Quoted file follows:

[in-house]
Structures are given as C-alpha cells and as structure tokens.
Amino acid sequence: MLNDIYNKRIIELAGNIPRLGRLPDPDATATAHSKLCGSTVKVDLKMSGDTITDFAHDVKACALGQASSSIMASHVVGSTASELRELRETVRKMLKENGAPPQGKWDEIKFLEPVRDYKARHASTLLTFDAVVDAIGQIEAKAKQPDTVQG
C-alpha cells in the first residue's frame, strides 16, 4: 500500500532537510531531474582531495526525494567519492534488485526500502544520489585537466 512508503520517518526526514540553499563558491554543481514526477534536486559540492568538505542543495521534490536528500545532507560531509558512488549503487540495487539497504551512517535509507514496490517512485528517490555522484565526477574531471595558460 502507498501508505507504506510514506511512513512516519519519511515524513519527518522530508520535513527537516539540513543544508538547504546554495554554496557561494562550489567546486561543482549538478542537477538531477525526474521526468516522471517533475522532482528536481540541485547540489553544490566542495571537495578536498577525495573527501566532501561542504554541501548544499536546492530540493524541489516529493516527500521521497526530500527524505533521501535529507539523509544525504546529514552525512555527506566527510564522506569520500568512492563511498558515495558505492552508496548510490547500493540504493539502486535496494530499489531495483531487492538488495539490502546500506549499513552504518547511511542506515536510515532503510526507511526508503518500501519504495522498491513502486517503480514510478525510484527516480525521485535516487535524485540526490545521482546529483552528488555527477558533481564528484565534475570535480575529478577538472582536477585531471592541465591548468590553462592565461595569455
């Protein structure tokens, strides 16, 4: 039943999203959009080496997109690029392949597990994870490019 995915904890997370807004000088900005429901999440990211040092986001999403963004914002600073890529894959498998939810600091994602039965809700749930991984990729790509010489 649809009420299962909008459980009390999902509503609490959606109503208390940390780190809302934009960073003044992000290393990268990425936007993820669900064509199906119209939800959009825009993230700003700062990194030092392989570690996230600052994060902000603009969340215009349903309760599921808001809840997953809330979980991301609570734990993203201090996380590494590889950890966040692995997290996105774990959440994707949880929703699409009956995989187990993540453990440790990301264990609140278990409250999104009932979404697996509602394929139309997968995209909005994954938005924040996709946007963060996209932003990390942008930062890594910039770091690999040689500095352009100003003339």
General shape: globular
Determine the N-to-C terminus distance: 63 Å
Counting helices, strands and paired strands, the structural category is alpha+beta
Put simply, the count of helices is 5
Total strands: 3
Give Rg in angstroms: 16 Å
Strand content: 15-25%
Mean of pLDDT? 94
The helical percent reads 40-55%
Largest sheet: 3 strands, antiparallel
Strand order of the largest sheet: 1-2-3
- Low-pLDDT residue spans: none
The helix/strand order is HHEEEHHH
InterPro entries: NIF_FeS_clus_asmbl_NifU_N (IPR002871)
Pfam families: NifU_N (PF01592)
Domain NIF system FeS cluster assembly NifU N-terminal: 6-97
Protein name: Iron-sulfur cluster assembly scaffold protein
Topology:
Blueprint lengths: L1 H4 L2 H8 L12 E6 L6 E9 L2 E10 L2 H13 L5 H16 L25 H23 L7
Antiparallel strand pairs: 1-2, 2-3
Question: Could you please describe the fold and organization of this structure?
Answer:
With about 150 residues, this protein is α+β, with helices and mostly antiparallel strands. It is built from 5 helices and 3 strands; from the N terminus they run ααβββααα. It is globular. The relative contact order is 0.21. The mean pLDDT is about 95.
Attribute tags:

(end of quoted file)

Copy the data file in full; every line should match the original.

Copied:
[in-house]
Structures are given as C-alpha cells and as structure tokens.
Amino acid sequence: MLNDIYNKRIIELAGNIPRLGRLPDPDATATAHSKLCGSTVKVDLKMSGDTITDFAHDVKACALGQASSSIMASHVVGSTASELRELRETVRKMLKENGAPPQGKWDEIKFLEPVRDYKARHASTLLTFDAVVDAIGQIEAKAKQPDTVQG
C-alpha cells in the first residue's frame, strides 16, 4: 500500500532537510531531474582531495526525494567519492534488485526500502544520489585537466 512508503520517518526526514540553499563558491554543481514526477534536486559540492568538505542543495521534490536528500545532507560531509558512488549503487540495487539497504551512517535509507514496490517512485528517490555522484565526477574531471595558460 502507498501508505507504506510514506511512513512516519519519511515524513519527518522530508520535513527537516539540513543544508538547504546554495554554496557561494562550489567546486561543482549538478542537477538531477525526474521526468516522471517533475522532482528536481540541485547540489553544490566542495571537495578536498577525495573527501566532501561542504554541501548544499536546492530540493524541489516529493516527500521521497526530500527524505533521501535529507539523509544525504546529514552525512555527506566527510564522506569520500568512492563511498558515495558505492552508496548510490547500493540504493539502486535496494530499489531495483531487492538488495539490502546500506549499513552504518547511511542506515536510515532503510526507511526508503518500501519504495522498491513502486517503480514510478525510484527516480525521485535516487535524485540526490545521482546529483552528488555527477558533481564528484565534475570535480575529478577538472582536477585531471592541465591548468590553462592565461595569455
């Protein structure tokens, strides 16, 4: 039943999203959009080496997109690029392949597990994870490019 995915904890997370807004000088900005429901999440990211040092986001999403963004914002600073890529894959498998939810600091994602039965809700749930991984990729790509010489 649809009420299962909008459980009390999902509503609490959606109503208390940390780190809302934009960073003044992000290393990268990425936007993820669900064509199906119209939800959009825009993230700003700062990194030092392989570690996230600052994060902000603009969340215009349903309760599921808001809840997953809330979980991301609570734990993203201090996380590494590889950890966040692995997290996105774990959440994707949880929703699409009956995989187990993540453990440790990301264990609140278990409250999104009932979404697996509602394929139309997968995209909005994954938005924040996709946007963060996209932003990390942008930062890594910039770091690999040689500095352009100003003339």
General shape: globular
Determine the N-to-C terminus distance: 63 Å
Counting helices, strands and paired strands, the structural category is alpha+beta
Put simply, the count of helices is 5
Total strands: 3
Give Rg in angstroms: 16 Å
Strand content: 15-25%
Mean of pLDDT? 94
The helical percent reads 40-55%
Largest sheet: 3 strands, antiparallel
Strand order of the largest sheet: 1-2-3
- Low-pLDDT residue spans: none
The helix/strand order is HHEEEHHH
InterPro entries: NIF_FeS_clus_asmbl_NifU_N (IPR002871)
Pfam families: NifU_N (PF01592)
Domain NIF system FeS cluster assembly NifU N-terminal: 6-97
Protein name: Iron-sulfur cluster assembly scaffold protein
Topology:
Blueprint lengths: L1 H4 L2 H8 L12 E6 L6 E9 L2 E10 L2 H13 L5 H16 L25 H23 L7
Antiparallel strand pairs: 1-2, 2-3
Question: Could you please describe the fold and organization of this structure?
Answer:
With about 150 residues, this protein is α+β, with helices and mostly antiparallel strands. It is built from 5 helices and 3 strands; from the N terminus they run ααβββααα. It is globular. The relative contact order is 0.21. The mean pLDDT is about 95.
Attribute tags: